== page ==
Annex Newsflash 2005-19 May 17, 2005
Updated 5/18/05, 7:15 AM PDT (adds detailed business unit forecasts and valuations)
Analysis of HP's Second Quarter FY05 Business Results
Hurd's First RBI
Hurd Kicks Off His Tenure as CEO with Solid Quarter
PHOENIX, May 17 – Mark Hurd, Hewlett-Packard's new captain, hit a single in his first at bat, as the company reported solid second quarter fiscal 2005 business results after the markets closed today. Revenues were up 7% to $21.6 billion (up 4% in constant currency), while earnings rose to $966 million, up about 9% from the year before.
Wall Street liked what it saw and heard, boosting the HP stock by over four points in after-hours trading, and surpassing an earlier 12-month high, set after Hurd was appointed CEO. The HP shares retreated somewhat after the company executives offered a lower guidance for the current quarter, but still ended up keeping a 3.5% after-hours gain. Earlier in the day, HP shares had risen 2.6% in anticipation of positive results.
"We are in a sprint to get the company in shape to go run a marathon," Hurd said during a conference call. "We are not in a race just to do things. We need to do things that create a sustainable structure for going forward."
But the HP CEO also hinted at cost cuts in the weeks and months ahead. "HP has a cost structure that is off-benchmark in many areas," he said. "Our overall performance leaves room for improvement in many of our businesses."
Geographies. HP's performance echoed solid results at Accenture, Dell, Cisco, and Intel - the big three that have helped allay concerns sparked by IBM last month. While Big Blue cited "soft economic conditions" as the reason for its weak results in Europe, HP's revenue in Europe rose 10 percent to $9.1 billion (up 4% on a constant currency basis).
Of course, that's not nearly as robust as the growth that the above hardware trio's three or Accenture's (see the chart), for example. But it is another confirmation that business on the Old Continent is not going to pot.
Some Cost Cuts Already Under Way
Printing and Imaging. Three HP businesses have already started to cut. The Printing & Imaging unit, whose revenue rose 5% in the quarter to $6.4 billion, but whose operating profit declined 15% to $814 million, offered a voluntary severance program. This eliminated 1,900 jobs and led to $71 million in charges.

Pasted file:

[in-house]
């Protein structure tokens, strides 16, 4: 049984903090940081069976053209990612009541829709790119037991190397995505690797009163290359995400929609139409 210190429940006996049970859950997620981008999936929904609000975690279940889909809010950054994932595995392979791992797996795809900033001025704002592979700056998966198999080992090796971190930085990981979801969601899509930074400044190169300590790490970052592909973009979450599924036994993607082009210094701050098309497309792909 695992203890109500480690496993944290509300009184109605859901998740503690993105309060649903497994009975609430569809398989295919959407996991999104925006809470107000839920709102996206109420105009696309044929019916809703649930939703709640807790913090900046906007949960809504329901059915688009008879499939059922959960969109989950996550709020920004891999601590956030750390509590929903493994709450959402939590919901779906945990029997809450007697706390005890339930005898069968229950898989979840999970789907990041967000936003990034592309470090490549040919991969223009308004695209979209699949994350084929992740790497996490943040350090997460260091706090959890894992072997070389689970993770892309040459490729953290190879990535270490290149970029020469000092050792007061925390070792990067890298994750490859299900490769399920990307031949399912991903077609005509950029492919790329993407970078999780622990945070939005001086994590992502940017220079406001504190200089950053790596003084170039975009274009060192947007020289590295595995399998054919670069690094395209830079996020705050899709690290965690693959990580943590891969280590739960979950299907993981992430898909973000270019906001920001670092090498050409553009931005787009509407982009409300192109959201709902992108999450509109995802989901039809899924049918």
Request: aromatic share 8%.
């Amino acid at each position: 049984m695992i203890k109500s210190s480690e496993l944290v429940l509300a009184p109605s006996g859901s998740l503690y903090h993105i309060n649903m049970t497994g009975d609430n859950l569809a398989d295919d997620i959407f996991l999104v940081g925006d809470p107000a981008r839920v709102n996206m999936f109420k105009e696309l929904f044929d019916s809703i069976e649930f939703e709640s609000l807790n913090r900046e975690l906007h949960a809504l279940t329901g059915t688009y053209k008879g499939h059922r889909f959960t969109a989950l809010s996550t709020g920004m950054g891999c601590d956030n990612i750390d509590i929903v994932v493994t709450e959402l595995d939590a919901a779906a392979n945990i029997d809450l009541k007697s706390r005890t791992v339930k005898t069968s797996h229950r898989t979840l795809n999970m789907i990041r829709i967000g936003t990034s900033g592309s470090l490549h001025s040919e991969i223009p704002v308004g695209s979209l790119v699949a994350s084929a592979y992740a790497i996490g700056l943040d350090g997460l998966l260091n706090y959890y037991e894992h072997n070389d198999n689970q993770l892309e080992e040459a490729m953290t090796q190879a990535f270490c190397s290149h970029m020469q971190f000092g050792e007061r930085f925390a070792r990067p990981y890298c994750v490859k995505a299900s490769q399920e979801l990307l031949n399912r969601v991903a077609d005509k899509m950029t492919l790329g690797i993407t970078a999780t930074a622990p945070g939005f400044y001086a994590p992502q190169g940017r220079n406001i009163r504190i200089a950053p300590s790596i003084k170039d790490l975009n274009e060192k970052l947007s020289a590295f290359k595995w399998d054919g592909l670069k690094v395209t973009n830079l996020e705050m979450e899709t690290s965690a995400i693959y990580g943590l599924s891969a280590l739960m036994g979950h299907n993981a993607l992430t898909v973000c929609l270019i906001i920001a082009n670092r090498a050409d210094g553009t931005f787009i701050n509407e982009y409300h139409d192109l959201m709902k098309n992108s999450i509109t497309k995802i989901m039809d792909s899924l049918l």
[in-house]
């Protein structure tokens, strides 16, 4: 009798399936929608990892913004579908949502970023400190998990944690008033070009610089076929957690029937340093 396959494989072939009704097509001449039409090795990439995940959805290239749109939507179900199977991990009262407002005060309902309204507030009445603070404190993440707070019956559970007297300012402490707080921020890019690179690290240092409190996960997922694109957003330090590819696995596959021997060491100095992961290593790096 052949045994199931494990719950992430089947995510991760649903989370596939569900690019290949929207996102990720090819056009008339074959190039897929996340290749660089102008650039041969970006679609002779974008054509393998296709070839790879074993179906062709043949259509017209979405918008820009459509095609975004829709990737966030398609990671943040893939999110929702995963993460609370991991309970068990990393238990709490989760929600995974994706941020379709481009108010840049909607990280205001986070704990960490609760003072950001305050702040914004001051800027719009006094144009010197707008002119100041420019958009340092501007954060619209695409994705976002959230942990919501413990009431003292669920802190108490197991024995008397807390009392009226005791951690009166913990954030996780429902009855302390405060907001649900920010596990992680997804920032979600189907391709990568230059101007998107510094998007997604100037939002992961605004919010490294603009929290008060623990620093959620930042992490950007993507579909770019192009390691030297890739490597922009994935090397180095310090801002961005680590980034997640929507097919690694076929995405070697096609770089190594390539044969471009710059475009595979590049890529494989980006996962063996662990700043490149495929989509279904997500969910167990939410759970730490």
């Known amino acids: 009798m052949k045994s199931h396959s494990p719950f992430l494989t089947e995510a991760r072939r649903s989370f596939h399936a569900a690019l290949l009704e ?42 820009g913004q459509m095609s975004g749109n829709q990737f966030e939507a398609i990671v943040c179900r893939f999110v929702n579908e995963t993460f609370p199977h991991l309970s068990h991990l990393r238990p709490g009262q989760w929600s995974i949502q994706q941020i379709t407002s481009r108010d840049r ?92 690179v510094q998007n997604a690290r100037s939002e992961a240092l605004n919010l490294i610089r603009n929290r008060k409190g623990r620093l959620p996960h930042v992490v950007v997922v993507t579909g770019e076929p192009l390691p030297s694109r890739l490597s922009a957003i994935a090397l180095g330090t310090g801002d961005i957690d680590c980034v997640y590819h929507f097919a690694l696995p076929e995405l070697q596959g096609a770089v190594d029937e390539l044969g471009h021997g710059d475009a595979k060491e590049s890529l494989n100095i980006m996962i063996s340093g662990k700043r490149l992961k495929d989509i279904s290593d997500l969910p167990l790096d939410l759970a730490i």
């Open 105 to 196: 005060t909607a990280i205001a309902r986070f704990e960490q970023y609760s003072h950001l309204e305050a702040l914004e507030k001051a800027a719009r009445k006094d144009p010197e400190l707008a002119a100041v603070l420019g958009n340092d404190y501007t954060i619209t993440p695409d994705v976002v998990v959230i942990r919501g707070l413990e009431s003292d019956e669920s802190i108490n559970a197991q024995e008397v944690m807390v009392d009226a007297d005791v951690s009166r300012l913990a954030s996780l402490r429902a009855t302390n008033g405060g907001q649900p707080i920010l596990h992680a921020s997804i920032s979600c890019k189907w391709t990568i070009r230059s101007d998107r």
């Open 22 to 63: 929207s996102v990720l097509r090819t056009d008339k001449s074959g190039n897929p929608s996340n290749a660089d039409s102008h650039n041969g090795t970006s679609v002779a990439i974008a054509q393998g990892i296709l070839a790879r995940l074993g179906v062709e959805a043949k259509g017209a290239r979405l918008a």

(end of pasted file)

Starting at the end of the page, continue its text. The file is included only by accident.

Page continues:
Within the printing and imaging business, consumer hardware revenue increased 3% (unit shipments up 13%), while business hardware revenue grew 8% (unit shipments up 12%). Supplies revenue, by far the biggest sub-segment, grew 4%.
Services. HP Services unit, whose revenue grew 14% to $4 billion in the quarter, but whose operating profit also declined 12% to $292 million, reported a $74 million-charge related to workforce reductions.
Within the services business, Managed Services (outsourcing) revenue grew 27%, Technology Services (maintenance) grew 11%, and Consulting and Integration grew 10%.
Enterprise Servers and Storage. The Enterprise Servers and Storage business had its best quarter in several years. Yet at the end of the day, its operating margin was still a mere 4.4%. So this unit has also started to cut costs. Included in the quarterly results is a $24 million workforce reduction charge.
During the second quarter, this HP unit reported operating profit of $184 million, or 4.4% of revenue, up from a profit of $119 million in the prior-year period. By cutting costs despite the sharply improving profitability HP is clearly trying to get ahead of the curve, and may be provide some cushion for future price cuts.
The Enterprise Servers and Storage revenue was $4.2 billion in the latest quarter, up 6% over the prior-year period. The "industry-standard" server revenue increased 12%, while business-critical systems (BCS) revenue grew 2%, and networked storage revenue was down 6%.
Personal Systems. HP PC business reported a 6% revenue growth in the quarter, with unit shipments rising 12%. But an even better news for the HP shareholders was the improved profitability of this unit. Operating profit rose from $44 million a year ago to $147 million in the latest quarter. Alas, that's still only 2.3% of revenue. Lean pickings and low margins are a way of life for commodity product providers.
Within the PC business, desktop revenue increased 1% in the quarter, while notebook revenue grew 10%. Revenue for commercial clients, which includes workstations, grew 3% over the prior-year period, while consumer clients revenue grew 10%.
HP's profitability in the second quarter was helped by a reduced tax rate and the reversal of reserves on aged receivables. But those items were offset by more greater-than-expected costs from voluntary staff reductions, and a charge related to sales taxes and use taxes from Compaq, prior to the merger.